Fidel Castro dies at 90
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Cuban leader Fidel Castro has died at age 90, his brother Raul announced on state television in the early morning hours Saturday.

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Raul Castro made a brief TV statement around 12:30 a.m. Eastern. 

"It is with great pain I come to inform our country, friends of our America, and the world that today, Nov. 25, 2016 at 10:29 p.m., the commander in chief of the Cuban Revolution, Fidel Castro Ruz, died," he said. 

Castro’s funeral will be Dec. 4 in Santiago, Cuba, after a nine-day mourning period and a tour of his ashes through the island country, according to multiple reports.

The former communist leader's health had been failing for several years, and his brother took control of the government in 2008. 

Castro led the Cuban Revolution, taking power in 1959.

His uninterrupted 50-year reign saw the Bay of Pigs invasion, the Cuban Missile Crisis and a relationship with the U.S. that deteriorated to near-complete isolation under heavy trade and travel restrictions president after president.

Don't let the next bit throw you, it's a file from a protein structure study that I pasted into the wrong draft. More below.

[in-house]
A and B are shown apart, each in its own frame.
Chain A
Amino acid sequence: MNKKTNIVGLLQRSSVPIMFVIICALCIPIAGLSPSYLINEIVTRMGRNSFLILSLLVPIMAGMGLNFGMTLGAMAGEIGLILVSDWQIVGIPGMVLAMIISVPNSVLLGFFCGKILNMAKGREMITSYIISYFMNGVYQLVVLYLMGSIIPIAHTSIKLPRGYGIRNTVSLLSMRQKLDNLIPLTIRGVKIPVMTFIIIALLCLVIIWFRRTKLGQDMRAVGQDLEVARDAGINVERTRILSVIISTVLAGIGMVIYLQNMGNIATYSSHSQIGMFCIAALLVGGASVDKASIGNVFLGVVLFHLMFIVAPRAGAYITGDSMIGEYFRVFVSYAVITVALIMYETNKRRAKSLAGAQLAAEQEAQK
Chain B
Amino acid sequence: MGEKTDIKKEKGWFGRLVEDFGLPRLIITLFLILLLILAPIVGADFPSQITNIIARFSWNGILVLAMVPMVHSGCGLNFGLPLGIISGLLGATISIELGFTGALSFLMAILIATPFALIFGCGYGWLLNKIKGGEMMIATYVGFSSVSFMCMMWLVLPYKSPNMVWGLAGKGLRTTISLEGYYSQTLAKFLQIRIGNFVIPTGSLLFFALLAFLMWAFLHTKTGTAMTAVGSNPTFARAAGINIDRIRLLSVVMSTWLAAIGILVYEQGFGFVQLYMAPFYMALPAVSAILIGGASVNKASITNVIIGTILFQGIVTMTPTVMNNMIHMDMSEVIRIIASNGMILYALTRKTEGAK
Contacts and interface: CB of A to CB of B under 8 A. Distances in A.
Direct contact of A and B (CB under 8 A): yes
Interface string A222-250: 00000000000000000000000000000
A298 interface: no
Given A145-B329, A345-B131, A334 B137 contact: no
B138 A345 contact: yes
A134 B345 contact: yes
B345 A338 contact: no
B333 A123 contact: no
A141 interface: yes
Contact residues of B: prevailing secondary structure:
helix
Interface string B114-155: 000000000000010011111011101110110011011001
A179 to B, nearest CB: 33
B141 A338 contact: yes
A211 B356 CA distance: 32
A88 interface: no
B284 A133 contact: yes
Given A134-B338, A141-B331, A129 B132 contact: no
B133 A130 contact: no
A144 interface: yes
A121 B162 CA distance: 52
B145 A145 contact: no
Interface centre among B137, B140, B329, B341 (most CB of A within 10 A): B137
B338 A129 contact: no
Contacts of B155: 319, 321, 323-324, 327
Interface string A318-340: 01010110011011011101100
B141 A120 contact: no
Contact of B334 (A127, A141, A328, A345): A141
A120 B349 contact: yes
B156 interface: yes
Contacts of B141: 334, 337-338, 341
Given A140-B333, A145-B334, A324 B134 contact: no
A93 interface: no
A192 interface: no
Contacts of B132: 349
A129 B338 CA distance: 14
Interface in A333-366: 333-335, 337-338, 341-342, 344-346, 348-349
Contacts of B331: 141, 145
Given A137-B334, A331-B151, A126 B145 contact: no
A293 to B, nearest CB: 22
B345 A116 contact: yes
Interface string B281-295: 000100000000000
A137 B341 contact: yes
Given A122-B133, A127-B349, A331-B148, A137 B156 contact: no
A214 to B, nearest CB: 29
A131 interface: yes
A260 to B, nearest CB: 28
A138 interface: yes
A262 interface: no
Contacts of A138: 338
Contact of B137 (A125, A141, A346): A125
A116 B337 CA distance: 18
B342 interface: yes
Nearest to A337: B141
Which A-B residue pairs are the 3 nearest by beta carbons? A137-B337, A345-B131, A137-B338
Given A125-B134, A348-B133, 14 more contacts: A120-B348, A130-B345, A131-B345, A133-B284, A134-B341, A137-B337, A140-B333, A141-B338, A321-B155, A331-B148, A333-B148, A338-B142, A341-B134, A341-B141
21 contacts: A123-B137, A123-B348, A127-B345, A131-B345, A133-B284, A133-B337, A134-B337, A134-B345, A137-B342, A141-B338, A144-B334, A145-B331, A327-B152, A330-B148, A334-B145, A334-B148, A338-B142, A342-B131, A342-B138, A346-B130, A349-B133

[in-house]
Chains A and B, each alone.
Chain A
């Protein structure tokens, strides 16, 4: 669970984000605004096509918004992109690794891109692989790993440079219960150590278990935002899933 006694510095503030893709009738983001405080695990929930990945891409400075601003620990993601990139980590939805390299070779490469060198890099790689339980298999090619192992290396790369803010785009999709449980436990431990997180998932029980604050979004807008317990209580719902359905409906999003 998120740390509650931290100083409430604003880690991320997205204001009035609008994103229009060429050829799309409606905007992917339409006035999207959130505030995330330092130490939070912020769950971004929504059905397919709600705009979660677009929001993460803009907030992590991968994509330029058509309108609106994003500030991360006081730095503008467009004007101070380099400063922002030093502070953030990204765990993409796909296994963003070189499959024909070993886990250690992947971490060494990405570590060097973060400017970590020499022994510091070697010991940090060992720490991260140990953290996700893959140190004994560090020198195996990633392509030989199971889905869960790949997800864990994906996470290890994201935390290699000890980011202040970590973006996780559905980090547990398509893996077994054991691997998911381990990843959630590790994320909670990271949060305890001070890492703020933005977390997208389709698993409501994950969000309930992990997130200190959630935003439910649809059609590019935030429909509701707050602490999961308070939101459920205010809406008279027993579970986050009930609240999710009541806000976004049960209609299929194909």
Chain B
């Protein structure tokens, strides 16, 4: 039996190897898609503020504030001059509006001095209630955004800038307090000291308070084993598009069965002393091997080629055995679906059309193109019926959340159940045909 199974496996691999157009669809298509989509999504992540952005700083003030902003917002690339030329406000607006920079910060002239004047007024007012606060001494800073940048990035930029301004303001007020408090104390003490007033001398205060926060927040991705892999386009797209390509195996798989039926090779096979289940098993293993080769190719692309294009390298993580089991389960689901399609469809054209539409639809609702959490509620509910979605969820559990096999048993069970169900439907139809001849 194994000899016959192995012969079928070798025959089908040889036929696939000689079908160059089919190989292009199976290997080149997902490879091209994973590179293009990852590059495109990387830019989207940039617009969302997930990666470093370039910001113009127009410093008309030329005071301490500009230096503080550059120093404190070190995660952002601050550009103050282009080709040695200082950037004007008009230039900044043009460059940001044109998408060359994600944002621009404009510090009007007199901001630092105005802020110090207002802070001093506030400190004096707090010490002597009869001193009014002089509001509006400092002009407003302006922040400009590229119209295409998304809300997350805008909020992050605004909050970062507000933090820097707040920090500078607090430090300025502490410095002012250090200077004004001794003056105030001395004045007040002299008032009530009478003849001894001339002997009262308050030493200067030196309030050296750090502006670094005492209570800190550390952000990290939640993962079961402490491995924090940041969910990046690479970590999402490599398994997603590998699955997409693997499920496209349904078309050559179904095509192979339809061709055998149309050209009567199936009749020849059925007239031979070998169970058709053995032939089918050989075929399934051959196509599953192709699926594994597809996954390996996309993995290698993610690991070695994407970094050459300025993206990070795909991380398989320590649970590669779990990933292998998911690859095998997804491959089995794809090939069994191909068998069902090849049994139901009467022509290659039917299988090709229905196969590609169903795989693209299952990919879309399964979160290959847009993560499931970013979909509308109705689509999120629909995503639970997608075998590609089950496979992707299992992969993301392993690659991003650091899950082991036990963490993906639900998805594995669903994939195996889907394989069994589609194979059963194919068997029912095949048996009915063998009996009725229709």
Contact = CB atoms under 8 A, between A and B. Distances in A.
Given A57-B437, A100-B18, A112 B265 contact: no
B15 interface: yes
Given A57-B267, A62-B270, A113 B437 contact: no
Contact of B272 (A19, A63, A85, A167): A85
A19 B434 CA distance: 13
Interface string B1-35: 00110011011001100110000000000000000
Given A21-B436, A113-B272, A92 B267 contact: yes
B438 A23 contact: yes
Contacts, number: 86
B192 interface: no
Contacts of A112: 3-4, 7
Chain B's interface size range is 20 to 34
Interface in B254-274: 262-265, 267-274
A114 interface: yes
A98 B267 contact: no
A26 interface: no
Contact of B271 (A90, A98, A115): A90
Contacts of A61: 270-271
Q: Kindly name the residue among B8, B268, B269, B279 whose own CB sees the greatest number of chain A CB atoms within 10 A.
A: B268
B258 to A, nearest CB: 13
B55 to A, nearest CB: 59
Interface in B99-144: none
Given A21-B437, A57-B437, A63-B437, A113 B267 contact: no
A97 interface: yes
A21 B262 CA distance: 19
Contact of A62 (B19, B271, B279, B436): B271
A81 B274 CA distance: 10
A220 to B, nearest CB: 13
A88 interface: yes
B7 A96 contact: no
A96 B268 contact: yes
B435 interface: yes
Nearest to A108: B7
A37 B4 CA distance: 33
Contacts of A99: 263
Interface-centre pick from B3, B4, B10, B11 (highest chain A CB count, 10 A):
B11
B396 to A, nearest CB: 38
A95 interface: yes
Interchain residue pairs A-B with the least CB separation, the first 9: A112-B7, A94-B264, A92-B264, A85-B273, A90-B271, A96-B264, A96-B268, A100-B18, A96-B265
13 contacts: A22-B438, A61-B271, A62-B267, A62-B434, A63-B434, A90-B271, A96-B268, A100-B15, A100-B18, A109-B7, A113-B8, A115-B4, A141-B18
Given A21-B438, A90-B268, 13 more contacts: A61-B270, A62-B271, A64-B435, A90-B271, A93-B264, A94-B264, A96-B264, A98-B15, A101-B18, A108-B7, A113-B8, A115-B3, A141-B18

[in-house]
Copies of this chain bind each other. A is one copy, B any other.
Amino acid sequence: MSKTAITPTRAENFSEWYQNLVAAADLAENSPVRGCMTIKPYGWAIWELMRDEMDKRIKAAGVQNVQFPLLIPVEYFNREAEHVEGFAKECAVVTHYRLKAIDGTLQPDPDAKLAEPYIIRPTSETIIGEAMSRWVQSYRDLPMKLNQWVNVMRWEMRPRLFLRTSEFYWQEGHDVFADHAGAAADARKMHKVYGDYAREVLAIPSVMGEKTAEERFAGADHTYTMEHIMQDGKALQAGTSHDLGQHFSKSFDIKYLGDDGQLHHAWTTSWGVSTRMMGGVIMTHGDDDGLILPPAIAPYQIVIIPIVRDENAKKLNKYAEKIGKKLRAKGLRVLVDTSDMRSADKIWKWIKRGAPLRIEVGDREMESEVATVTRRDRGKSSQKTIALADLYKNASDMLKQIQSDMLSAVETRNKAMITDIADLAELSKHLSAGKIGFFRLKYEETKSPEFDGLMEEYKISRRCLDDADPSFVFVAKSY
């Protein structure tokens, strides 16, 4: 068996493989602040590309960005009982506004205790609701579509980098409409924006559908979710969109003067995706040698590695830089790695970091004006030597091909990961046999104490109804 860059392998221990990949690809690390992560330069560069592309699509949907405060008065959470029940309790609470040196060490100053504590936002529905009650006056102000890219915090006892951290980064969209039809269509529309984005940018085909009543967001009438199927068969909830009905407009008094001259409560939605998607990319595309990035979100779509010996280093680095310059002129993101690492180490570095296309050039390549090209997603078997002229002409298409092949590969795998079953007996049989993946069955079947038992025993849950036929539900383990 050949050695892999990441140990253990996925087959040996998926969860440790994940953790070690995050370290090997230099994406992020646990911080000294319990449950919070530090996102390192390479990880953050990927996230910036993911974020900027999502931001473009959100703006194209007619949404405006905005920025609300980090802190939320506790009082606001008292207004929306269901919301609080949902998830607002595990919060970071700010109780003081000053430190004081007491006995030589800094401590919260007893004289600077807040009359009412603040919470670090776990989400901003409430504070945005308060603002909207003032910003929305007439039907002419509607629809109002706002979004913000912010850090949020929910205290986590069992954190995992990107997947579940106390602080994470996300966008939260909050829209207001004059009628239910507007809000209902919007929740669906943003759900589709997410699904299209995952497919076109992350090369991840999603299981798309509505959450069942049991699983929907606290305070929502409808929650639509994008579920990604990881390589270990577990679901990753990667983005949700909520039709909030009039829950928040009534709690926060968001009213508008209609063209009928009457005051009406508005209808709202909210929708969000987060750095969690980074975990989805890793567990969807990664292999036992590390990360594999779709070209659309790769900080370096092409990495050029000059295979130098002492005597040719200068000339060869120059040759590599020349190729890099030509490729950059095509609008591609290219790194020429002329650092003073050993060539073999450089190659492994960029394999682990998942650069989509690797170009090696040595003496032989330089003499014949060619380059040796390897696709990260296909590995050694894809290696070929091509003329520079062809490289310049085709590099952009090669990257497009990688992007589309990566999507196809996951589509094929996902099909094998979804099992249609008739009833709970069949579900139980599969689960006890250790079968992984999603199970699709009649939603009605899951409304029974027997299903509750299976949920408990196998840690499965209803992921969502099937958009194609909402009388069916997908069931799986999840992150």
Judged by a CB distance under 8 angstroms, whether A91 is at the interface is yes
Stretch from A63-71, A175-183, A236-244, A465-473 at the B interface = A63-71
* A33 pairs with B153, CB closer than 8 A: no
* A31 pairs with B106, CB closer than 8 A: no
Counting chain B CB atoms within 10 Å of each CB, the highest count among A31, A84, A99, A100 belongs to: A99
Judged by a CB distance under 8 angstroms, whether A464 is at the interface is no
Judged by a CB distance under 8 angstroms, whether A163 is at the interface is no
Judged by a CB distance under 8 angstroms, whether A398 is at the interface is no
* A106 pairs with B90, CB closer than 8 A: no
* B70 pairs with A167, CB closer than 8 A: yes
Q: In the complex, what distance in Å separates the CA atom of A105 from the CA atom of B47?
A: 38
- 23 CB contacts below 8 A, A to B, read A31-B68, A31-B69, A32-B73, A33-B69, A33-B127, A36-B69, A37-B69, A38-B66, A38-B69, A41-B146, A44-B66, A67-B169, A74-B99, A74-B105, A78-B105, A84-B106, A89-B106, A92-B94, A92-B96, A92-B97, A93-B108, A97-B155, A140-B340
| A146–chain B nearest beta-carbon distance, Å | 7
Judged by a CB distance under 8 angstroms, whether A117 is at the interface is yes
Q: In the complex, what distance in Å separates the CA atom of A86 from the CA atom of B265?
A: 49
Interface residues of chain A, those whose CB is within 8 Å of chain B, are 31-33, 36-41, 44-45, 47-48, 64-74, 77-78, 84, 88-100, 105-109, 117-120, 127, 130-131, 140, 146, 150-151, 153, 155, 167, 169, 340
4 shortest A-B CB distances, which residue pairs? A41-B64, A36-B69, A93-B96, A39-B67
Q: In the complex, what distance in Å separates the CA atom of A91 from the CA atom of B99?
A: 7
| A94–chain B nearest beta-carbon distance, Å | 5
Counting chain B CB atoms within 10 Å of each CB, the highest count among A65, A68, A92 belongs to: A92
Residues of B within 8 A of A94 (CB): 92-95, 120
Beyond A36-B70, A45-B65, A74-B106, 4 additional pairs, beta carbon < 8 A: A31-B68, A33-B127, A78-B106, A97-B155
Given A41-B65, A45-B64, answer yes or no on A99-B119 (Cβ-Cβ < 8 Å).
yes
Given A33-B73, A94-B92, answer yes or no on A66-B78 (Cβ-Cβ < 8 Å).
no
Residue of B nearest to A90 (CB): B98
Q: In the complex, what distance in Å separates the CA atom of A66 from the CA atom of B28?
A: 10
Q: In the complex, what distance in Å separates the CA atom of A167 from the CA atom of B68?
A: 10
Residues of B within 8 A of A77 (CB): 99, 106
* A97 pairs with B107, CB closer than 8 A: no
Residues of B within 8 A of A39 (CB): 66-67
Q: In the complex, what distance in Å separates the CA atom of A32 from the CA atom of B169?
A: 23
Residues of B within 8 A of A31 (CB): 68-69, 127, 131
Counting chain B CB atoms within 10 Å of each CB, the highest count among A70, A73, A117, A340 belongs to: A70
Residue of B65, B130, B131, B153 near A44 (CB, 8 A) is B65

President Obama moved last year to normalize relations between the two countries, becoming the first president to visit Cuba in about 80 years. While there, he met with Raul Castro, but not Fidel. 

The first commercial flights from the U.S. to Cuba took place earlier this year. 

Fidel Castro later blasted the visit, writing, "We don't need the empire to give us anything." 

Shortly after Obama's visit, Castro delivered a rare speech to the Communist Party, urging his followers to carry his ideas forth after his death. 

"This may be one of the last times I speak in this room," he said. "We must tell our brothers in Latin America and the world that the Cuban people will be victorious."

In his minute-and-a-half remarks, Raul Castro said details about a funeral would be forthcoming, and said his brother wished to be cremated. 

"To victory, always!" he concluded.